Should Parents Worry About Whippets, Whipped Cream, And Nitrous Oxide?

Parents worry about their teens abusing drugs like marijuana and stimulants. Still, there are also less obvious ones that may be under their noses – nitrous oxide, which some inhale from canisters to get high, also referred to as whippets or laughing gas.

The use of nitrous oxide increases rapidly due to its availability and affordability. According to studies, students and adolescents are very likely to use nitrous oxide recreationally.

Recently, nitrous oxide made headlines when a New York law prohibited the sale of whipped cream to anyone under 21 years old to prevent recreational use.

Experts explain what parents need to know about nitrous oxide abuse in teens.

Is Inhaling Nitrous Oxide Harmful To Teens?

The chief medical officer, Dr. Manish Mishra, notes that nitrous oxide abuse can cause sweating, confusion, dizziness, nausea, and hallucinations. Mishra points out that pressurized drugs carry additional risks.

He notes, “Pressurized cans containing nitrous oxide can explode, and intense pressure can cause ruptures to the lungs.”

What Causes Teens To Inhale It?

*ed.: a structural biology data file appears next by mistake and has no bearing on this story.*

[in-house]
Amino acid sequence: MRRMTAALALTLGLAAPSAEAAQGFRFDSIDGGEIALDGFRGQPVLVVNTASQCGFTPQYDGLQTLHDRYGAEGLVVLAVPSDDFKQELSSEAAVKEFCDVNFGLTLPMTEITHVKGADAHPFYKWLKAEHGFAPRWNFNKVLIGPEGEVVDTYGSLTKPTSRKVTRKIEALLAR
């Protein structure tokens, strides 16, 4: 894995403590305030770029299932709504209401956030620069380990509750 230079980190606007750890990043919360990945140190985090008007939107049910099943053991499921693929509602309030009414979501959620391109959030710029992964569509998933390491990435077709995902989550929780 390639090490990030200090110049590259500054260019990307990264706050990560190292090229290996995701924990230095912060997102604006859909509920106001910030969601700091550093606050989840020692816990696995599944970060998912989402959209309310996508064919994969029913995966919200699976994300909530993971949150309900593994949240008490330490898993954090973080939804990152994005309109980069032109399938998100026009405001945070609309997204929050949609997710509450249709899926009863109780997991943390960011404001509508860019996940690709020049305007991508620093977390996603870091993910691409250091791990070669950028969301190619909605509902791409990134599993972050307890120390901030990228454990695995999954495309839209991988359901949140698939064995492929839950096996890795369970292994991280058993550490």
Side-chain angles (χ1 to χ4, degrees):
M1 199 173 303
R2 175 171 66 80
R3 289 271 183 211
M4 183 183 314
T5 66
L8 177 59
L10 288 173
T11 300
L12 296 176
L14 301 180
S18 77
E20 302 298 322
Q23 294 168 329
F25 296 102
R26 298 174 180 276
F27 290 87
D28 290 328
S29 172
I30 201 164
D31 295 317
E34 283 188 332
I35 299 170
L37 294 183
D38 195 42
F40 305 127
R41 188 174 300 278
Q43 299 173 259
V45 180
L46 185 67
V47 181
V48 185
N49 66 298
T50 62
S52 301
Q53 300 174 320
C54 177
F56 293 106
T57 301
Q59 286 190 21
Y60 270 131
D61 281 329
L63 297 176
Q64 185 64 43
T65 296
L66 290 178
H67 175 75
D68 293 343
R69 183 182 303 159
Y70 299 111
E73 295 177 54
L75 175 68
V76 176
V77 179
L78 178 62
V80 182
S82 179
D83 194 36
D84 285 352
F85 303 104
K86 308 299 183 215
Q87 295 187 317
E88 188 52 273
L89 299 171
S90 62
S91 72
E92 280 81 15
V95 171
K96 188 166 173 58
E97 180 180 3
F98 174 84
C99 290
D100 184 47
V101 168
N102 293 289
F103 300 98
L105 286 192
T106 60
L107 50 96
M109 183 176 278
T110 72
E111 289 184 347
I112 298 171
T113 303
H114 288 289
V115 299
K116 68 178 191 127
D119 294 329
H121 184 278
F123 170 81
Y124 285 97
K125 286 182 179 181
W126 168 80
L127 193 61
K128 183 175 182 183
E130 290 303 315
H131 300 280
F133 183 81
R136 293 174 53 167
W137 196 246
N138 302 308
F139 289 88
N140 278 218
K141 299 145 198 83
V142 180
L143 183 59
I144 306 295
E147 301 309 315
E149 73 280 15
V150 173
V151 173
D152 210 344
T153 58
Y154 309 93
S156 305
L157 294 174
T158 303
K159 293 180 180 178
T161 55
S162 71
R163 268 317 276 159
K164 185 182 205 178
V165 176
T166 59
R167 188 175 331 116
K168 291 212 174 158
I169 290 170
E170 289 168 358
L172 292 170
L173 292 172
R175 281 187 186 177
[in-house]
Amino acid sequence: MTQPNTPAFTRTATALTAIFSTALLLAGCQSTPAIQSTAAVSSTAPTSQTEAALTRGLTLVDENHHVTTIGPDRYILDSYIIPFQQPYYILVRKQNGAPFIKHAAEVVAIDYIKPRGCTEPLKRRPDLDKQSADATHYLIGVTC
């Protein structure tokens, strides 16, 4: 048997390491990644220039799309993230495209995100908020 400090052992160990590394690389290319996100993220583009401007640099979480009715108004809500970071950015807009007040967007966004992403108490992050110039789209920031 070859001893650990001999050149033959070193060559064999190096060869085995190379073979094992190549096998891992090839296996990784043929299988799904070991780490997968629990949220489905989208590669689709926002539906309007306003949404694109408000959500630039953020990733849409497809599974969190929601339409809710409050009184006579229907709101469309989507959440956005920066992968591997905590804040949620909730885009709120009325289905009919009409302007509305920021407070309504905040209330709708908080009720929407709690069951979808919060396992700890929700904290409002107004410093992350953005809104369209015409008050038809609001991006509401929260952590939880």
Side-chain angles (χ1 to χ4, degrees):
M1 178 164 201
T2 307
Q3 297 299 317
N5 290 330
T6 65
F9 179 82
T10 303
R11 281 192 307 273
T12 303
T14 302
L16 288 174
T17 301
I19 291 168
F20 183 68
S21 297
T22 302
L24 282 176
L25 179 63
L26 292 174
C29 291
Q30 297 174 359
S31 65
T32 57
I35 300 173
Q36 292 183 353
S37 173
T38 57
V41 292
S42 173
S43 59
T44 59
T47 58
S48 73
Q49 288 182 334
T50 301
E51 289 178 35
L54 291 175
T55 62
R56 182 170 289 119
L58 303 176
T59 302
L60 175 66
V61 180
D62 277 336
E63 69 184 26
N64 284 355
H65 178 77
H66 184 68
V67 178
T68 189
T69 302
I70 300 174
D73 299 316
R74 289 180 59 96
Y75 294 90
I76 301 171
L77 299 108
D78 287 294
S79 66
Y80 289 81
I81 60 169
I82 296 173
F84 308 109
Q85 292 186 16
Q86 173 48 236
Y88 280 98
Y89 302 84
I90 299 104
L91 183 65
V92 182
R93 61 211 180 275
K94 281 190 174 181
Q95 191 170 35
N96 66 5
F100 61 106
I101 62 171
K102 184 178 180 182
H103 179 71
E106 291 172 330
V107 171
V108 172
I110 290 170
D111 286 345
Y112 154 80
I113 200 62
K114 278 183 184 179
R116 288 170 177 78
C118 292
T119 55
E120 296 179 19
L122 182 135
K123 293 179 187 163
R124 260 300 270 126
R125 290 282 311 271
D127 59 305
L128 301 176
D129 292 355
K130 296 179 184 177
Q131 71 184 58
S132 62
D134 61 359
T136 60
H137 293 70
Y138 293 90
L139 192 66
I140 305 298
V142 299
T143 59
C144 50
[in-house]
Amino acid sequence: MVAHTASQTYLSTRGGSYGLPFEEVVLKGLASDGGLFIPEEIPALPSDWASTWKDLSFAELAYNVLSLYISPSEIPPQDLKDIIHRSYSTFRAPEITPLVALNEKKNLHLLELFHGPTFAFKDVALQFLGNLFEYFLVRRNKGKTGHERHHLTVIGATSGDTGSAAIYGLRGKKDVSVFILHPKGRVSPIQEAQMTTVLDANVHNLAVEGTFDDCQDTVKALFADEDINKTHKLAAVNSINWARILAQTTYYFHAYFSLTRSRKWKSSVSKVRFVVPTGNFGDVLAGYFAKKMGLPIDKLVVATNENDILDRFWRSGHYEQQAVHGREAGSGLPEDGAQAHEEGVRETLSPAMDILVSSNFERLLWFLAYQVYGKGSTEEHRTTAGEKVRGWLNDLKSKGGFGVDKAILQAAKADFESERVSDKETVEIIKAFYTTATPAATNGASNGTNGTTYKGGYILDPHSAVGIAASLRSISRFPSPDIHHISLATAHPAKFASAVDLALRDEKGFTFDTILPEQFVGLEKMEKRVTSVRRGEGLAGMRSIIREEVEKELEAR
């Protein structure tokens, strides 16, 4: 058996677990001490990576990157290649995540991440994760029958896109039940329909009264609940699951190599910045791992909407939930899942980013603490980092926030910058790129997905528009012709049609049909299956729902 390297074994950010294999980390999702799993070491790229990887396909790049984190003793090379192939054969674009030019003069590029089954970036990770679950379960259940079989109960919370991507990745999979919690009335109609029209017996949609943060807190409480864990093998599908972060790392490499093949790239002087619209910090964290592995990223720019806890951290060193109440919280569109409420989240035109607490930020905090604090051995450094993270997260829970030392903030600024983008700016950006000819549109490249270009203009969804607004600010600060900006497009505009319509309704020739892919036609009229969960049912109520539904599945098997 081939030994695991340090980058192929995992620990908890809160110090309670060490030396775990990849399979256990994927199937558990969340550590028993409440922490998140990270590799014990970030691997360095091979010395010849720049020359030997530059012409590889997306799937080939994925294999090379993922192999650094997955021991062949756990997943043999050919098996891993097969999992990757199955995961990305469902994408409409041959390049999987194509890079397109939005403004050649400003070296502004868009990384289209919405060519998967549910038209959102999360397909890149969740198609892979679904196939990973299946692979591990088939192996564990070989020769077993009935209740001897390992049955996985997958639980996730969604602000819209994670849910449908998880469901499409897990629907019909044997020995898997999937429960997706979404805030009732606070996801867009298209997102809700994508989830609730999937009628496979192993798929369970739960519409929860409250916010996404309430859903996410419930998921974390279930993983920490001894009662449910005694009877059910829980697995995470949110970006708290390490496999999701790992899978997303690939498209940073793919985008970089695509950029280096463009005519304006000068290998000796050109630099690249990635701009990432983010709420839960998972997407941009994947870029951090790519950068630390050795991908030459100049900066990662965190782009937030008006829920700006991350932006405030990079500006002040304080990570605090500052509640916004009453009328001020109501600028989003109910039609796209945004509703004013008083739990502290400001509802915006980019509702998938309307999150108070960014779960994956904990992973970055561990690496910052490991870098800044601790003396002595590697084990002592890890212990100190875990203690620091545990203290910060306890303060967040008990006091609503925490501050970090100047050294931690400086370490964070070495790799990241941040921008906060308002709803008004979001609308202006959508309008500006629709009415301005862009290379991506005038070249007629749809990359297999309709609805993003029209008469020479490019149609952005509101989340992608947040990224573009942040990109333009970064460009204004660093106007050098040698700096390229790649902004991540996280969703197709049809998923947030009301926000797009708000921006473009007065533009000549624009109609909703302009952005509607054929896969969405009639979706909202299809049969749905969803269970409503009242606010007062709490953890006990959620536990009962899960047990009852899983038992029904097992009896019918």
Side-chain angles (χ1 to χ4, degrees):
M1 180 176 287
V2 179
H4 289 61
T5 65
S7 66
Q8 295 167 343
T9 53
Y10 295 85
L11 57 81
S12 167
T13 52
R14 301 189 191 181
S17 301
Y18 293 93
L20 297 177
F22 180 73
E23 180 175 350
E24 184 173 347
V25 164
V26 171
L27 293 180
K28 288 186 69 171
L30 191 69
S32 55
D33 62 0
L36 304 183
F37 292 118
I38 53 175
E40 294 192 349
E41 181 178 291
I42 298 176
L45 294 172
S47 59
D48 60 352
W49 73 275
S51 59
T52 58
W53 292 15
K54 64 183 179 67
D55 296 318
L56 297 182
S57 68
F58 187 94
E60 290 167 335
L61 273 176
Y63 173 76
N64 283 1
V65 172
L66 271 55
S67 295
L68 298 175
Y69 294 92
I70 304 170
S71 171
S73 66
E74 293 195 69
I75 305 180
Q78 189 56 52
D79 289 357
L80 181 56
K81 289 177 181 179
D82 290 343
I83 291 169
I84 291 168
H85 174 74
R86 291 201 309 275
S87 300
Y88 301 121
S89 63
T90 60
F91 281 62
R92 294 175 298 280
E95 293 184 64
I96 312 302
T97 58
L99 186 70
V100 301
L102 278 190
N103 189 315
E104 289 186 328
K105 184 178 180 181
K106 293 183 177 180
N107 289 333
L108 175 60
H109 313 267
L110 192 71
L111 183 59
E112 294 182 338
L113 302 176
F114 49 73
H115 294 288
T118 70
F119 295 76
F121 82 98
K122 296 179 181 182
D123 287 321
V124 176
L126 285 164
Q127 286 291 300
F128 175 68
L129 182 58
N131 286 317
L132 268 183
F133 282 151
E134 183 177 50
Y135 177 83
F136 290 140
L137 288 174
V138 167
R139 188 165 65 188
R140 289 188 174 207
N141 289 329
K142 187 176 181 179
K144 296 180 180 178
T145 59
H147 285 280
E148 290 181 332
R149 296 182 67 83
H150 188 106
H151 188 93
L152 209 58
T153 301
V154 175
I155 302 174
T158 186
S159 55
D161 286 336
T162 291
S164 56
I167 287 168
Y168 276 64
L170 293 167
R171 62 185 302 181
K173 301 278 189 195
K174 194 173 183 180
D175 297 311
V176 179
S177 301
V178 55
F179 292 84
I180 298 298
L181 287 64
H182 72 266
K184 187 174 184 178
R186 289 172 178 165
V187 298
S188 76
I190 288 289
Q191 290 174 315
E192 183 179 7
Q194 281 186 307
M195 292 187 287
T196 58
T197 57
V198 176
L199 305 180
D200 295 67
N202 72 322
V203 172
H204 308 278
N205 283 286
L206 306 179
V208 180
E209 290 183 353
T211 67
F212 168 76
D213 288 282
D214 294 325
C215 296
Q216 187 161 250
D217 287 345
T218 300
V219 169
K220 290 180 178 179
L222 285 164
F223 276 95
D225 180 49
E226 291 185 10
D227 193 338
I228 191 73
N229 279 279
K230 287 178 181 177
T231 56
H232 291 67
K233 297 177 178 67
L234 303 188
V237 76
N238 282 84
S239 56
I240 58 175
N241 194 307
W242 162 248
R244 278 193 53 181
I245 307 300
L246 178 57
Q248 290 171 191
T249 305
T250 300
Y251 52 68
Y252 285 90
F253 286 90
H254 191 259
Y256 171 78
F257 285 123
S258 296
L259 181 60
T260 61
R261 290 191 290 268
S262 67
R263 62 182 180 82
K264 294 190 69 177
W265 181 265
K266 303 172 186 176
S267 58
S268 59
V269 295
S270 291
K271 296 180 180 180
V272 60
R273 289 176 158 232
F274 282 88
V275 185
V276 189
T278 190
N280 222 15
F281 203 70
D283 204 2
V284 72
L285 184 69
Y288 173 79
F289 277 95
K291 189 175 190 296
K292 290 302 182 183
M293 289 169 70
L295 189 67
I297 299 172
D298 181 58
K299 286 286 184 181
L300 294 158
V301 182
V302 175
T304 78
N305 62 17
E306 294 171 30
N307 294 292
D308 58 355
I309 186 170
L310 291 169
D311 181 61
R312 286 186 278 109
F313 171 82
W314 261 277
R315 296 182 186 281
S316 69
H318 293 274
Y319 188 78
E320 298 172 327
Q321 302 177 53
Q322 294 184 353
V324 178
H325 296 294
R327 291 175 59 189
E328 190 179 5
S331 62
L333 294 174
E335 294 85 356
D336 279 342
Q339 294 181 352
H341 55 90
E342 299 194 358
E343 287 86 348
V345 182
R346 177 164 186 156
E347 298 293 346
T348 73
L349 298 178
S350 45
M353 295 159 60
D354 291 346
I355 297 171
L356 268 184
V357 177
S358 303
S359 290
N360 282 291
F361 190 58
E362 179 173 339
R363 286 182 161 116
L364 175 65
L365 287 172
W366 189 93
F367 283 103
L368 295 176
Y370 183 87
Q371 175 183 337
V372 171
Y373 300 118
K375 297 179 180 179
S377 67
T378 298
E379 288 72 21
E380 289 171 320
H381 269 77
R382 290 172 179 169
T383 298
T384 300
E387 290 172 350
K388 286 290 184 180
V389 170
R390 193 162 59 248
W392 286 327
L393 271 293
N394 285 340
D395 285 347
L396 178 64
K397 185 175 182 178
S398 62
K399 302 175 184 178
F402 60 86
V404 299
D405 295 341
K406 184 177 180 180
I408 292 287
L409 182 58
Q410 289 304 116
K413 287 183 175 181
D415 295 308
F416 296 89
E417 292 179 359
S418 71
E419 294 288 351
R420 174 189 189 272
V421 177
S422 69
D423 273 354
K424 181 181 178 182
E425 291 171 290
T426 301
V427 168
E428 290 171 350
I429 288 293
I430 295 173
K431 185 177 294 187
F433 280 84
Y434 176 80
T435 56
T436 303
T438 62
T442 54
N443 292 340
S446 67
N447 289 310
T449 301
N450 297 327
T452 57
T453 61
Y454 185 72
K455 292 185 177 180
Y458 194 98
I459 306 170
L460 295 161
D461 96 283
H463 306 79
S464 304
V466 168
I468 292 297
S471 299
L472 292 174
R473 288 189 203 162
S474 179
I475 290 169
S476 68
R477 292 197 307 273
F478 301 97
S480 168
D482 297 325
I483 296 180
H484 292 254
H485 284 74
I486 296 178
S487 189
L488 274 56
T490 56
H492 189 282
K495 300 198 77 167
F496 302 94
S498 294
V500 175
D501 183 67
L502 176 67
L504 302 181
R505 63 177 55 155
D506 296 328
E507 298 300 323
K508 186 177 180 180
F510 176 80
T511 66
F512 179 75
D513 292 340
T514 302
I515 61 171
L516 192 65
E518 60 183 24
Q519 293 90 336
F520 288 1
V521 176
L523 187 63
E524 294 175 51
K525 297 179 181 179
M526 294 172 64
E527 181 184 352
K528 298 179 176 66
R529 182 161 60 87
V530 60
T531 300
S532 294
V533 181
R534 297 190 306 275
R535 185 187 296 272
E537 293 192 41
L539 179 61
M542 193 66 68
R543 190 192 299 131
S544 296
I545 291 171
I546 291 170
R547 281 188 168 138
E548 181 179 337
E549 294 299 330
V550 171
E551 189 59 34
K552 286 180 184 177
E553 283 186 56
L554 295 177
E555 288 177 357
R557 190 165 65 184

Teenagers inhale nitrous oxide for its euphoric effects. Mishra said, “When enough of the drug is ingested, it can cause a short-lived high, numbness, and a sense of joy or laughter. However, it’s important to note that these perceived positive effects don’t last long.”

How Does Whippet Compare To Other Drugs?

The media portrays whippets as a legal high – it is used in a medical setting, can be obtained at grocery stores, and are used in the medical field. Similarly, Mishra says that teenagers abuse whippets because nitrous oxide is less harmful than other inhalants. Nitrous oxide is also sold in small aluminum cans called chargers in many smoke shops in addition to whipped cream containers.”

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How Can Parents Tell If Their Teen Is Whipping?

Patel says, “Parents play a paramount role in educating their children about the dangers of inhaling nitrous oxide — or abuse of any substance for that matter.” Parents can look out for several warning signs. Teenagers who abuse whippets may have poor coordination, distorted vision and speech, weakness, numbness, cognitive difficulties, and hallucinations.